2 T Greek-style yogurt, at room temperature

Put the 2 T of yogurt in a well-cleaned 2-quart jar with wide mouth (you may use a glass bowl). Stir several times with a wire whisk until smooth. Set aside.






Clip a thermometer on the side of a medium saucepan, add the milk and heat over medium heat to 180°F, stirring occasionally to ensure correct reading. Turn the heat off and let the milk cool to 115°F.





Pour about ¼ cup of the warm milk into the jar, whisk gently until smooth. Add the rest of the milk ¼ cup at a time, whisking after each addition to make sure the yogurt is mixed in thoroughly.






Cover top of jar with a coffee filter and secure with an elastic band. Place in an oven with light on and leave for 6 hours or overnight.






The yogurt should have set after 6 hours. Pour into a fine plastic strainer set over a bowl. Leave in the refrigerator overnight to drain.






Throw the whey away.









The yogurt is now ready to eat or make into cheese. Transfer into a suitable container with a tight lid. This will keep for 2 weeks in the refrigerator.
Yield: 1¾ C





I'm sending this to Joelen's Culinary Adventures: Tasty Tools (Whisk).

August 26, 2008

Mystery Green Leaf Vegetable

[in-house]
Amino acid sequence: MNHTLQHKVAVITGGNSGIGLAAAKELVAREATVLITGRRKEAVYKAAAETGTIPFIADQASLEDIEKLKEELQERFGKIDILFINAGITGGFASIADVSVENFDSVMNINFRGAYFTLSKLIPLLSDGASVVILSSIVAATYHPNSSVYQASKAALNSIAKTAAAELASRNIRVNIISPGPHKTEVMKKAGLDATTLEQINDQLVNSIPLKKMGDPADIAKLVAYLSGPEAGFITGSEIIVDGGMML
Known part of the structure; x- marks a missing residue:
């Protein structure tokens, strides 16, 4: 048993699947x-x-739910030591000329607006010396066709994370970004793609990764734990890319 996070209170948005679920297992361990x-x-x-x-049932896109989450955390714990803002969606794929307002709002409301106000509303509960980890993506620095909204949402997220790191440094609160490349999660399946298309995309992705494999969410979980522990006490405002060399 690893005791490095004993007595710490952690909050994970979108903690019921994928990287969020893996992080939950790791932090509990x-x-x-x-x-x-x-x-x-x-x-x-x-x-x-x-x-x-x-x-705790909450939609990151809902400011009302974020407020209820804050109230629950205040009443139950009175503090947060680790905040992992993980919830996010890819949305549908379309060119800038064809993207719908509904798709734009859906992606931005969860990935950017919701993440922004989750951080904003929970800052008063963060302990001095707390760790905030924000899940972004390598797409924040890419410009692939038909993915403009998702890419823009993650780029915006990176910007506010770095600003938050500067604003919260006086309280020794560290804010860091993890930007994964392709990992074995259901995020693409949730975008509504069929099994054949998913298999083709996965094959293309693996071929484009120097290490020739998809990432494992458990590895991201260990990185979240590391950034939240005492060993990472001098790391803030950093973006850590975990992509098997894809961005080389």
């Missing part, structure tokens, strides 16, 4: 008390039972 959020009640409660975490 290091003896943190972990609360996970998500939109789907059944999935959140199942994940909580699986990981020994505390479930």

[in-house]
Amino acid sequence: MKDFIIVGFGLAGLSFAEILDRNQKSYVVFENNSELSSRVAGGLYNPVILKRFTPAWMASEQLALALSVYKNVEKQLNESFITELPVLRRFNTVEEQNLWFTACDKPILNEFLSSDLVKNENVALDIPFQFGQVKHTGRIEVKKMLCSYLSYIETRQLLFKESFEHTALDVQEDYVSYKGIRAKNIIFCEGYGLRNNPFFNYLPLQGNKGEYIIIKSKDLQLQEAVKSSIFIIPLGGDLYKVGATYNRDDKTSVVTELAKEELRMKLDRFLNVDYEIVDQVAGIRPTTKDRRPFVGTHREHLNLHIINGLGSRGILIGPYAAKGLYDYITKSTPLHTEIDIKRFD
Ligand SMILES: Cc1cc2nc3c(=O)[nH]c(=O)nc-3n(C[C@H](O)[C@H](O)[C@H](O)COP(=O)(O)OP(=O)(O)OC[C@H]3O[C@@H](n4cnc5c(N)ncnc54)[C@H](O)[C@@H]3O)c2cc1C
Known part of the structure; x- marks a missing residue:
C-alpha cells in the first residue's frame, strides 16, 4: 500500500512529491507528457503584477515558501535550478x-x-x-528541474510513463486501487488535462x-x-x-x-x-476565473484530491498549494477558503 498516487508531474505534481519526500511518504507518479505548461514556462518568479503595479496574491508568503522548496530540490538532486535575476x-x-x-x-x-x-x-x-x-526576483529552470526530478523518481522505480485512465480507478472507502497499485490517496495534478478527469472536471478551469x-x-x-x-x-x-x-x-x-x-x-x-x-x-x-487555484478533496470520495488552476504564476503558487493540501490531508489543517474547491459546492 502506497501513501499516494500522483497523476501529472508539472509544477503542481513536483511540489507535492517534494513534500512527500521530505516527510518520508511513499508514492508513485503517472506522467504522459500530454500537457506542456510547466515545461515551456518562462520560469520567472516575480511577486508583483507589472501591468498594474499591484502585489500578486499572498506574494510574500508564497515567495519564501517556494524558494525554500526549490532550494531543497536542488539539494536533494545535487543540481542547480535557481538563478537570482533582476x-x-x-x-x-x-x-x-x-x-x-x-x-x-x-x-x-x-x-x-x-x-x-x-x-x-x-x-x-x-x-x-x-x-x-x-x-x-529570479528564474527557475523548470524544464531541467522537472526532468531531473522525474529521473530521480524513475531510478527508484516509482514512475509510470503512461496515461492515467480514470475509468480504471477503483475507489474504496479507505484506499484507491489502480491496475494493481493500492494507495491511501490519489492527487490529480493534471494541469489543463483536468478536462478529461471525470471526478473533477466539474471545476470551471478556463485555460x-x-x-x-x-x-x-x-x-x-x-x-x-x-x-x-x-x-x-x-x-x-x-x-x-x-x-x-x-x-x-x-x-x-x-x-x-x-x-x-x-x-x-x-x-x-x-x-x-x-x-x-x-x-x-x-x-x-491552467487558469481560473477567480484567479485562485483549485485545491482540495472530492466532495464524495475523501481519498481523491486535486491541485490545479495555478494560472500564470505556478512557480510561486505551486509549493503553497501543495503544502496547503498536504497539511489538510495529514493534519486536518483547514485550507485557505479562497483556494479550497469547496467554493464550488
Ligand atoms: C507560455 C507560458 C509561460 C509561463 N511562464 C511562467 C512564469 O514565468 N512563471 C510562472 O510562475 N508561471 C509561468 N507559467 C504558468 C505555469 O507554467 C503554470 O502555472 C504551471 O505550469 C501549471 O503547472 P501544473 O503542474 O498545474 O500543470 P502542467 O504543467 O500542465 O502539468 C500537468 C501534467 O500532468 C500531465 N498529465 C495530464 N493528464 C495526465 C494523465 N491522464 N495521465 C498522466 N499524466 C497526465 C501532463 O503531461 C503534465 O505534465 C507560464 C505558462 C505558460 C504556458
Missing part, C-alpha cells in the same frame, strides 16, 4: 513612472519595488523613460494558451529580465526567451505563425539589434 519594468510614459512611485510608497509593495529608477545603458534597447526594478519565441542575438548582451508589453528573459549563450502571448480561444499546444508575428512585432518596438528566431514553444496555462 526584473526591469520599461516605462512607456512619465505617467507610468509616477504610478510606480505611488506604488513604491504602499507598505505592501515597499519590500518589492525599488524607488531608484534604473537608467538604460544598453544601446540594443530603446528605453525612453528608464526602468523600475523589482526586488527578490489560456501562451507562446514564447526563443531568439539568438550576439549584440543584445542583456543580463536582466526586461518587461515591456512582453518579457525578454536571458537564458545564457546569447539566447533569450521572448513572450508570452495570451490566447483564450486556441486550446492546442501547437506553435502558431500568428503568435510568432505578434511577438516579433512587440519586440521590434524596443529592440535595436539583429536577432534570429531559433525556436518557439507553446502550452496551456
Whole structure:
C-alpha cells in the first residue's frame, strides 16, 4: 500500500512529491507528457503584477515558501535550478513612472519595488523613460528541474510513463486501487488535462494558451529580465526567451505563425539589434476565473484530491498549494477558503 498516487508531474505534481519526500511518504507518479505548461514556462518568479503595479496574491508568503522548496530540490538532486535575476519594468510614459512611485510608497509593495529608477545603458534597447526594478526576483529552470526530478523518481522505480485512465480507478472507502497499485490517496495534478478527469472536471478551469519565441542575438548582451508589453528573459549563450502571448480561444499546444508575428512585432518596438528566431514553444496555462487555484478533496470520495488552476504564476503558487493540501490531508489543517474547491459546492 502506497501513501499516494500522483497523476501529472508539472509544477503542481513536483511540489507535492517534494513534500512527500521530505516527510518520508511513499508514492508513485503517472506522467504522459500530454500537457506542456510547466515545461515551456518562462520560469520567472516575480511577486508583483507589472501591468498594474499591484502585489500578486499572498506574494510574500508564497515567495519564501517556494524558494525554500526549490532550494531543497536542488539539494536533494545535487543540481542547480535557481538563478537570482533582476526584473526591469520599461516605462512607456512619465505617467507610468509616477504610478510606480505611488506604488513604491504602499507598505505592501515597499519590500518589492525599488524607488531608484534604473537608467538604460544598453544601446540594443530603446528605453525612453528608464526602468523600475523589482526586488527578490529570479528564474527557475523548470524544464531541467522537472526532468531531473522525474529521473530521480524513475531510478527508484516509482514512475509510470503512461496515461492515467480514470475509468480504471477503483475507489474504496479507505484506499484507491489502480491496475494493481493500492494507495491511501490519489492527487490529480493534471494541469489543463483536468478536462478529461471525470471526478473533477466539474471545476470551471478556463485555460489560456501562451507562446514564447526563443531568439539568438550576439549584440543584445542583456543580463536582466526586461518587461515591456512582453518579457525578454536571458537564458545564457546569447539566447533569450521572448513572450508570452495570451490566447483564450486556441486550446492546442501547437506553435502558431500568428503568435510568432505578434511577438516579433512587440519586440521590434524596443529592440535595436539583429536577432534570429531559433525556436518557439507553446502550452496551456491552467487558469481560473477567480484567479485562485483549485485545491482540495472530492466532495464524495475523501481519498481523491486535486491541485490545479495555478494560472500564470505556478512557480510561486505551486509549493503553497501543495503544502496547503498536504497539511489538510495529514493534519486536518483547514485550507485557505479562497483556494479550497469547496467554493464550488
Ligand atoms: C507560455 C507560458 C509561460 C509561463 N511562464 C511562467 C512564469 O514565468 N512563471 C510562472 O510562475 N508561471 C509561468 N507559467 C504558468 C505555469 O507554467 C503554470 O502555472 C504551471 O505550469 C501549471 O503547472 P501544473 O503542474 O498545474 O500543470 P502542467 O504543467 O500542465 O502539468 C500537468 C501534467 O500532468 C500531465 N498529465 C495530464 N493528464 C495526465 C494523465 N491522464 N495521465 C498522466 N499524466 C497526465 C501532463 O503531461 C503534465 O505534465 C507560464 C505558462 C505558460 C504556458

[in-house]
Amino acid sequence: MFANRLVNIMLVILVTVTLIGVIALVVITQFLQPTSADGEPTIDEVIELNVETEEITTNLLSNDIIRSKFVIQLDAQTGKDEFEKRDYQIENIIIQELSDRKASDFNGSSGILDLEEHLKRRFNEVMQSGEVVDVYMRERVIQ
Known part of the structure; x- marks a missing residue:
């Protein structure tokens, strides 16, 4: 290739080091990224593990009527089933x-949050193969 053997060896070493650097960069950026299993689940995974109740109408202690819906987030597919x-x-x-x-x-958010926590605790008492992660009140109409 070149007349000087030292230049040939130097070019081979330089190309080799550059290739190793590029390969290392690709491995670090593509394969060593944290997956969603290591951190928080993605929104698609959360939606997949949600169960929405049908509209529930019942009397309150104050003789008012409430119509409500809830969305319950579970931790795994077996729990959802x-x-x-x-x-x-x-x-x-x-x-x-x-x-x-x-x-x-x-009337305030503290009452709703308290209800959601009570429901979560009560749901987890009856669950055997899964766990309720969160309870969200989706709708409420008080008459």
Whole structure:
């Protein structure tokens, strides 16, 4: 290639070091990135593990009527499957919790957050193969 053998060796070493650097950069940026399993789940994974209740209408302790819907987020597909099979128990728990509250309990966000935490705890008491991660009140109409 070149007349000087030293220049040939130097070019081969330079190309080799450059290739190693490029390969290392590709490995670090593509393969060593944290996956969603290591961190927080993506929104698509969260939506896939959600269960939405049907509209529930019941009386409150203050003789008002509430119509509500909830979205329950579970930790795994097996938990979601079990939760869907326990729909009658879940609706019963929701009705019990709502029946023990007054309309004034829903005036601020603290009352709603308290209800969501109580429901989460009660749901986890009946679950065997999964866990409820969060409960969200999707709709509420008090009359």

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Malabar Spinach And Wild Mushrooms Saute
stir-fry of malabar spinach and wild mushrooms

I bought an unlabeled package of leafy green vegetables and nobody at the Korean grocery knew what it was. I bought it anyway thinking it might be water spinach (kangkong) or sweet potato tops. When I opened the package to wash and prepare the vegetables they didn't look at all like kangkong but resembled crinkly spinach. The leaves are dark green with tender but easy to snap stems. I didn't want to eat something I'm not familiar with so I searched online for a similar leaf vegetable comparing the close-up photo of the leaf and found malabar spinach in no time. There is a red-stemmed variety which looked familiar but I couldn't remember where I've seen them. I proceeded to cook the vegetables sauteing them with some fresh shiitake and dried wild mushrooms seasoned with garlic, ginger, scallion, soy sauce, and salt. When I tried it I knew right away I've eaten it before because of its slightly mucilaginous tongue feel which my daughter said is similar to seaweed. I again went online and looked for the red-stemmed Filipino alugbati and I was right, malabar spinach IS alugbati, although the green-stemmed has crinklier leaves than the red-stemmed. Alugbati is one of my favorite vegetables back in the Philippines. I used to add them to boiled and sauteed mung bean soup as alternative to malunggay (horseradish tree) leaves or simply stir-fried like the dish I prepared today. I still love this vegetable and will buy it regularly.